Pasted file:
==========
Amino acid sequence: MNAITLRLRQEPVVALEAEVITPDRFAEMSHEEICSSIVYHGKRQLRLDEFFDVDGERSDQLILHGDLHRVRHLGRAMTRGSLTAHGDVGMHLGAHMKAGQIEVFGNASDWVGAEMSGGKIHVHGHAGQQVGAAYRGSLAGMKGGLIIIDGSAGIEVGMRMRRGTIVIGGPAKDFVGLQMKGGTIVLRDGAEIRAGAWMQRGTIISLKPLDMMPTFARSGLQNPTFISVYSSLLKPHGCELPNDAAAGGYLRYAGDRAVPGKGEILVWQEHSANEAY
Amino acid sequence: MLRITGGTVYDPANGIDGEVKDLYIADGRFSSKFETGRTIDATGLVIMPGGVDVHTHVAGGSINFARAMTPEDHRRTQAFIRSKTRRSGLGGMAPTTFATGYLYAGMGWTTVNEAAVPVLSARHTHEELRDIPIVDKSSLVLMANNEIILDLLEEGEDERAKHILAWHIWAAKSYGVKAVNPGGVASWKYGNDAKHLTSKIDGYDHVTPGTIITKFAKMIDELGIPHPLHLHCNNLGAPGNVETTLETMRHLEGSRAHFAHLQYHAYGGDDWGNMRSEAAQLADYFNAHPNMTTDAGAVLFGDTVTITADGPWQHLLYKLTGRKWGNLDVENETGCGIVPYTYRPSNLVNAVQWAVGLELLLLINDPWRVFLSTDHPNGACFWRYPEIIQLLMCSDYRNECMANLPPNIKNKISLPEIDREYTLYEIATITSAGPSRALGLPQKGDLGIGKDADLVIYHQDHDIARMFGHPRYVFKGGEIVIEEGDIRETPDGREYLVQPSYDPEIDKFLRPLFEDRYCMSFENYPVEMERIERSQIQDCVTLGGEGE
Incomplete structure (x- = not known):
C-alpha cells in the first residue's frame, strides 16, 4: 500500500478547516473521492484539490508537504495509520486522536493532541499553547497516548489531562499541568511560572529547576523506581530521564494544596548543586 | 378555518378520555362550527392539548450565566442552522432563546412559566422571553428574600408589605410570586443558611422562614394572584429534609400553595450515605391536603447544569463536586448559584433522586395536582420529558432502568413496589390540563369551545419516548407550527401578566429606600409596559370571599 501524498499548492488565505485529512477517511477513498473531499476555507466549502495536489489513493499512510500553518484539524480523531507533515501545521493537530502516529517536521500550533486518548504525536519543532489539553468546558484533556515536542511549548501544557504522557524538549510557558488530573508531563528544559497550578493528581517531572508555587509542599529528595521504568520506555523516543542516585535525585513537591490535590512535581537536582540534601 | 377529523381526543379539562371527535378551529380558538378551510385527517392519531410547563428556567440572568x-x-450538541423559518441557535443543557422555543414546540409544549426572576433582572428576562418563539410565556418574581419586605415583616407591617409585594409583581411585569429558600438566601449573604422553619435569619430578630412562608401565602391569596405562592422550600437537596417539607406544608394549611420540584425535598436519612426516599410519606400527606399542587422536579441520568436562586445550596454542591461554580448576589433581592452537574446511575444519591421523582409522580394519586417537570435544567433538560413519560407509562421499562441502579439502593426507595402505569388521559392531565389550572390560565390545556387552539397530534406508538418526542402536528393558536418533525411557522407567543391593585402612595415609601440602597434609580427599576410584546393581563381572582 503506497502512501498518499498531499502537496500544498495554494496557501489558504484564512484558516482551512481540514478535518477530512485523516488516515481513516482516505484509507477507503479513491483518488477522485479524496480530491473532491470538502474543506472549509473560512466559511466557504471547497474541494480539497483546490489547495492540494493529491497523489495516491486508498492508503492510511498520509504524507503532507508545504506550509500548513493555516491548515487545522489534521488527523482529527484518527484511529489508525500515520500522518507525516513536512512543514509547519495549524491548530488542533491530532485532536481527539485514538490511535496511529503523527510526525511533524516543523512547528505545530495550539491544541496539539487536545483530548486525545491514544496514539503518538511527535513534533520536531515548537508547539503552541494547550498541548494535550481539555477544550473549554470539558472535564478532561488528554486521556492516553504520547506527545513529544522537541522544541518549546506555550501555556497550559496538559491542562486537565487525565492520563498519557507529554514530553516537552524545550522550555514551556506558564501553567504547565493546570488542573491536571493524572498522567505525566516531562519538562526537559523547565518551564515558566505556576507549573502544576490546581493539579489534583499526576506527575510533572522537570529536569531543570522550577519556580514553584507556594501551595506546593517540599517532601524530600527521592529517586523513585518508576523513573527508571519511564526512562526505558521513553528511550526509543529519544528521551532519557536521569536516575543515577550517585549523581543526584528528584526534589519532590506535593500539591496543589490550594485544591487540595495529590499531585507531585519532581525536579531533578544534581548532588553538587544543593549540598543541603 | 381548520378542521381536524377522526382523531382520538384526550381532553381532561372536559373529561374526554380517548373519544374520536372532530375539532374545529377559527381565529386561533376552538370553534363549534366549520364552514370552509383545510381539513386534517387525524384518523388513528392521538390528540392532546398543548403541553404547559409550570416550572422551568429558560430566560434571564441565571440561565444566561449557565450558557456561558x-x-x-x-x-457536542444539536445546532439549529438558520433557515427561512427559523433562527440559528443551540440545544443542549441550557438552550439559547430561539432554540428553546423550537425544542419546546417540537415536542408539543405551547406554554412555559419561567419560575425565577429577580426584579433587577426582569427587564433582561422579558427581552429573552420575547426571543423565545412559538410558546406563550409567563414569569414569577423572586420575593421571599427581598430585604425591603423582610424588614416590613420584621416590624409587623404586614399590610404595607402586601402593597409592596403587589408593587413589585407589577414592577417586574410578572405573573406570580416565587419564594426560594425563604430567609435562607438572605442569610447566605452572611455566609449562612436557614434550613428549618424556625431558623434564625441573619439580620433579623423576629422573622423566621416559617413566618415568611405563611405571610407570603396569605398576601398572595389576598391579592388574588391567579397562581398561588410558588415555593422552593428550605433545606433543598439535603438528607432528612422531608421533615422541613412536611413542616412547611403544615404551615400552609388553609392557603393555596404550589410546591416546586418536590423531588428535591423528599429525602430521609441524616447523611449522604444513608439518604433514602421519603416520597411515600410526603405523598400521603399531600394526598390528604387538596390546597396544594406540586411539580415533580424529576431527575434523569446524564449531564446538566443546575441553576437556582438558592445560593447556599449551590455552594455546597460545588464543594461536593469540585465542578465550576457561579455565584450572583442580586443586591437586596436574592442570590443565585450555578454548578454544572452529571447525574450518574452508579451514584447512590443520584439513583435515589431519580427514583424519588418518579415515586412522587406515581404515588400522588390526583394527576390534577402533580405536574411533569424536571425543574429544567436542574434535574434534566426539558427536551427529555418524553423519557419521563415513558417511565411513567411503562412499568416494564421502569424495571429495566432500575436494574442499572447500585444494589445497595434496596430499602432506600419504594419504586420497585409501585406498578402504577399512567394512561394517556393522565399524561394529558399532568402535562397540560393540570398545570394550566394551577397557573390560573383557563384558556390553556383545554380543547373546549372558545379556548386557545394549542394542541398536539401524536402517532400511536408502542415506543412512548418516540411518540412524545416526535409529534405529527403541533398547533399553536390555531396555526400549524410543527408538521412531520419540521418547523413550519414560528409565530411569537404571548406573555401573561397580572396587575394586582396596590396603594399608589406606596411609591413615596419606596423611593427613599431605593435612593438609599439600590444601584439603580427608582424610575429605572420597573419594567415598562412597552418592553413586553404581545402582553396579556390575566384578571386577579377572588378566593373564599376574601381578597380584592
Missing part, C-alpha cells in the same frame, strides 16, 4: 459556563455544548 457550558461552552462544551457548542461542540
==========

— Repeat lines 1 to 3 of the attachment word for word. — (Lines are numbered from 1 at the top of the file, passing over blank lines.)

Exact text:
Amino acid sequence: MNAITLRLRQEPVVALEAEVITPDRFAEMSHEEICSSIVYHGKRQLRLDEFFDVDGERSDQLILHGDLHRVRHLGRAMTRGSLTAHGDVGMHLGAHMKAGQIEVFGNASDWVGAEMSGGKIHVHGHAGQQVGAAYRGSLAGMKGGLIIIDGSAGIEVGMRMRRGTIVIGGPAKDFVGLQMKGGTIVLRDGAEIRAGAWMQRGTIISLKPLDMMPTFARSGLQNPTFISVYSSLLKPHGCELPNDAAAGGYLRYAGDRAVPGKGEILVWQEHSANEAY
Amino acid sequence: MLRITGGTVYDPANGIDGEVKDLYIADGRFSSKFETGRTIDATGLVIMPGGVDVHTHVAGGSINFARAMTPEDHRRTQAFIRSKTRRSGLGGMAPTTFATGYLYAGMGWTTVNEAAVPVLSARHTHEELRDIPIVDKSSLVLMANNEIILDLLEEGEDERAKHILAWHIWAAKSYGVKAVNPGGVASWKYGNDAKHLTSKIDGYDHVTPGTIITKFAKMIDELGIPHPLHLHCNNLGAPGNVETTLETMRHLEGSRAHFAHLQYHAYGGDDWGNMRSEAAQLADYFNAHPNMTTDAGAVLFGDTVTITADGPWQHLLYKLTGRKWGNLDVENETGCGIVPYTYRPSNLVNAVQWAVGLELLLLINDPWRVFLSTDHPNGACFWRYPEIIQLLMCSDYRNECMANLPPNIKNKISLPEIDREYTLYEIATITSAGPSRALGLPQKGDLGIGKDADLVIYHQDHDIARMFGHPRYVFKGGEIVIEEGDIRETPDGREYLVQPSYDPEIDKFLRPLFEDRYCMSFENYPVEMERIERSQIQDCVTLGGEGE
Incomplete structure (x- = not known):